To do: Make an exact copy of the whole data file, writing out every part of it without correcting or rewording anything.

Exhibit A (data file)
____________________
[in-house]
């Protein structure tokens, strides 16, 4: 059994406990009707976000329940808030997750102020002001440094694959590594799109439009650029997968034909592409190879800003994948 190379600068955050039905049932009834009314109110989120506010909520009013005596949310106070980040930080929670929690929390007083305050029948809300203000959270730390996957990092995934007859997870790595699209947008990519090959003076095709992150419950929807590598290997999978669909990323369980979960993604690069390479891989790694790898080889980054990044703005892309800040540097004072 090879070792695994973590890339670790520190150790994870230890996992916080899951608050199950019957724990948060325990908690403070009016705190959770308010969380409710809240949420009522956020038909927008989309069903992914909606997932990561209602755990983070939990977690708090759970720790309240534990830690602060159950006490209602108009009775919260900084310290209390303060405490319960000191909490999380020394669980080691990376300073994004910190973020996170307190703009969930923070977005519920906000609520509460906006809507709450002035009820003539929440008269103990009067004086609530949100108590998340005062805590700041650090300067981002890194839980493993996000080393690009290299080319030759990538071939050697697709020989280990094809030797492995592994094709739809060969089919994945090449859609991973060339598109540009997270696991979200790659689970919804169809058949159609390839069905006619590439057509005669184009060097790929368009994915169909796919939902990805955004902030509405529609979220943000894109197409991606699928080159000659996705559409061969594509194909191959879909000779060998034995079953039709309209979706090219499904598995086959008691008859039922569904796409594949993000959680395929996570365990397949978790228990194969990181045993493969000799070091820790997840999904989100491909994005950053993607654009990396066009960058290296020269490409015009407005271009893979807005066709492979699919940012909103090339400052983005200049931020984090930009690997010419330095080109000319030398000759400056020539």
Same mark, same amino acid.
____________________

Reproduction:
[in-house]
């Protein structure tokens, strides 16, 4: 059994406990009707976000329940808030997750102020002001440094694959590594799109439009650029997968034909592409190879800003994948 190379600068955050039905049932009834009314109110989120506010909520009013005596949310106070980040930080929670929690929390007083305050029948809300203000959270730390996957990092995934007859997870790595699209947008990519090959003076095709992150419950929807590598290997999978669909990323369980979960993604690069390479891989790694790898080889980054990044703005892309800040540097004072 090879070792695994973590890339670790520190150790994870230890996992916080899951608050199950019957724990948060325990908690403070009016705190959770308010969380409710809240949420009522956020038909927008989309069903992914909606997932990561209602755990983070939990977690708090759970720790309240534990830690602060159950006490209602108009009775919260900084310290209390303060405490319960000191909490999380020394669980080691990376300073994004910190973020996170307190703009969930923070977005519920906000609520509460906006809507709450002035009820003539929440008269103990009067004086609530949100108590998340005062805590700041650090300067981002890194839980493993996000080393690009290299080319030759990538071939050697697709020989280990094809030797492995592994094709739809060969089919994945090449859609991973060339598109540009997270696991979200790659689970919804169809058949159609390839069905006619590439057509005669184009060097790929368009994915169909796919939902990805955004902030509405529609979220943000894109197409991606699928080159000659996705559409061969594509194909191959879909000779060998034995079953039709309209979706090219499904598995086959008691008859039922569904796409594949993000959680395929996570365990397949978790228990194969990181045993493969000799070091820790997840999904989100491909994005950053993607654009990396066009960058290296020269490409015009407005271009893979807005066709492979699919940012909103090339400052983005200049931020984090930009690997010419330095080109000319030398000759400056020539």
Same mark, same amino acid.